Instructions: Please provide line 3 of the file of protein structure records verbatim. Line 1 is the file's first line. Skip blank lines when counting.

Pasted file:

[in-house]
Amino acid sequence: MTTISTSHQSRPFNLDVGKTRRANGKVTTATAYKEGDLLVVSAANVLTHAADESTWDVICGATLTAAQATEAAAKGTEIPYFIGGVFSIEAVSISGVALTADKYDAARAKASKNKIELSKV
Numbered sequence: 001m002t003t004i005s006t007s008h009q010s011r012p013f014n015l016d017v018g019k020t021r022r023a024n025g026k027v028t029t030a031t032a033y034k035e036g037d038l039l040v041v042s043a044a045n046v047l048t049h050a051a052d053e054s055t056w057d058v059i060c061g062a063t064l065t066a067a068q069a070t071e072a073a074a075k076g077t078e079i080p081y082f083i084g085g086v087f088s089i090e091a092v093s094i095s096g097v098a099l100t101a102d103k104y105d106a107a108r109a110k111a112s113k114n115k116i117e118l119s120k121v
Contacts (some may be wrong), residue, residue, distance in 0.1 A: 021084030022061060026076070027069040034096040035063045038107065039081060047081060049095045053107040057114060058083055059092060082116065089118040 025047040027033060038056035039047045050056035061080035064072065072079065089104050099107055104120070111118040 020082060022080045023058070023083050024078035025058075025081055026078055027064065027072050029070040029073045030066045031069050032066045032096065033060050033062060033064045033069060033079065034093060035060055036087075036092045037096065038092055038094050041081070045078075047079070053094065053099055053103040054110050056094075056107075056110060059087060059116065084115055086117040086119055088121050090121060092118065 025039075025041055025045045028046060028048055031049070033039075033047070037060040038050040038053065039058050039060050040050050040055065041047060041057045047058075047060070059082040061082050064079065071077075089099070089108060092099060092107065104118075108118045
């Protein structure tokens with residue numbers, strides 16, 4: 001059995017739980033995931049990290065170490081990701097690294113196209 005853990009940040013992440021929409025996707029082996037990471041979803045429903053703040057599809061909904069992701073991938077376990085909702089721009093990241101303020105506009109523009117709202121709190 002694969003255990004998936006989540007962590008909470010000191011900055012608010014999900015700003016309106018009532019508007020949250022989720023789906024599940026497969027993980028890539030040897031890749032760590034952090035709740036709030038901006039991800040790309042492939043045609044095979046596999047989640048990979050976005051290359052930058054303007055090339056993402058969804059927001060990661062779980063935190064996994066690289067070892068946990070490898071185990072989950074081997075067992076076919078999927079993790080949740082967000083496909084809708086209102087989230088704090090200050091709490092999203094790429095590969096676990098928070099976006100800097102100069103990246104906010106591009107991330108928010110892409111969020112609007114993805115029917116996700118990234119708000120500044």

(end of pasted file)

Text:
Numbered sequence: 001m002t003t004i005s006t007s008h009q010s011r012p013f014n015l016d017v018g019k020t021r022r023a024n025g026k027v028t029t030a031t032a033y034k035e036g037d038l039l040v041v042s043a044a045n046v047l048t049h050a051a052d053e054s055t056w057d058v059i060c061g062a063t064l065t066a067a068q069a070t071e072a073a074a075k076g077t078e079i080p081y082f083i084g085g086v087f088s089i090e091a092v093s094i095s096g097v098a099l100t101a102d103k104y105d106a107a108r109a110k111a112s113k114n115k116i117e118l119s120k121v